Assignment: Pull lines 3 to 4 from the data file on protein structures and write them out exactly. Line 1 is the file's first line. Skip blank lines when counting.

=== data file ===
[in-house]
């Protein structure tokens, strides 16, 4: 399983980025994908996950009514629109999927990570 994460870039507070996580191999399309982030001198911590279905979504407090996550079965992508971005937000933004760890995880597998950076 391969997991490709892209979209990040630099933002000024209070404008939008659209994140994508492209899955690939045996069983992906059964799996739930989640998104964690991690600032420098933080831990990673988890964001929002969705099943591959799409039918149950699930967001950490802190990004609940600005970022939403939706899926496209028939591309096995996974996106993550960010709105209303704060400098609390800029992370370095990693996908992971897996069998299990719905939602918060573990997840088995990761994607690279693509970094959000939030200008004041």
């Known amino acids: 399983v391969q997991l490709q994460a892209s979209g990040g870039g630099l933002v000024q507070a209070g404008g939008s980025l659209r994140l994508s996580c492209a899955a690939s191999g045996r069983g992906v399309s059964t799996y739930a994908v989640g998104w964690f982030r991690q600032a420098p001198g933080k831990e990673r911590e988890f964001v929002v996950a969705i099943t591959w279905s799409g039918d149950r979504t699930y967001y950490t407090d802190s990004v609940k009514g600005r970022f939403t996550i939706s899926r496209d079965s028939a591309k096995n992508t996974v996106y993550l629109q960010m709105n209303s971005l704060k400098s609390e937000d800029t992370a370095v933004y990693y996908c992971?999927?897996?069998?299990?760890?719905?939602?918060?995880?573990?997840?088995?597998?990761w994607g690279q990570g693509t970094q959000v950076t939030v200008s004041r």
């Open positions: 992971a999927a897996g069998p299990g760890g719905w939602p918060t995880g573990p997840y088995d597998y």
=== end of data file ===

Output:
């Known amino acids: 399983v391969q997991l490709q994460a892209s979209g990040g870039g630099l933002v000024q507070a209070g404008g939008s980025l659209r994140l994508s996580c492209a899955a690939s191999g045996r069983g992906v399309s059964t799996y739930a994908v989640g998104w964690f982030r991690q600032a420098p001198g933080k831990e990673r911590e988890f964001v929002v996950a969705i099943t591959w279905s799409g039918d149950r979504t699930y967001y950490t407090d802190s990004v609940k009514g600005r970022f939403t996550i939706s899926r496209d079965s028939a591309k096995n992508t996974v996106y993550l629109q960010m709105n209303s971005l704060k400098s609390e937000d800029t992370a370095v933004y990693y996908c992971?999927?897996?069998?299990?760890?719905?939602?918060?995880?573990?997840?088995?597998?990761w994607g690279q990570g693509t970094q959000v950076t939030v200008s004041r």
């Open positions: 992971a999927a897996g069998p299990g760890g719905w939602p918060t995880g573990p997840y088995d597998y």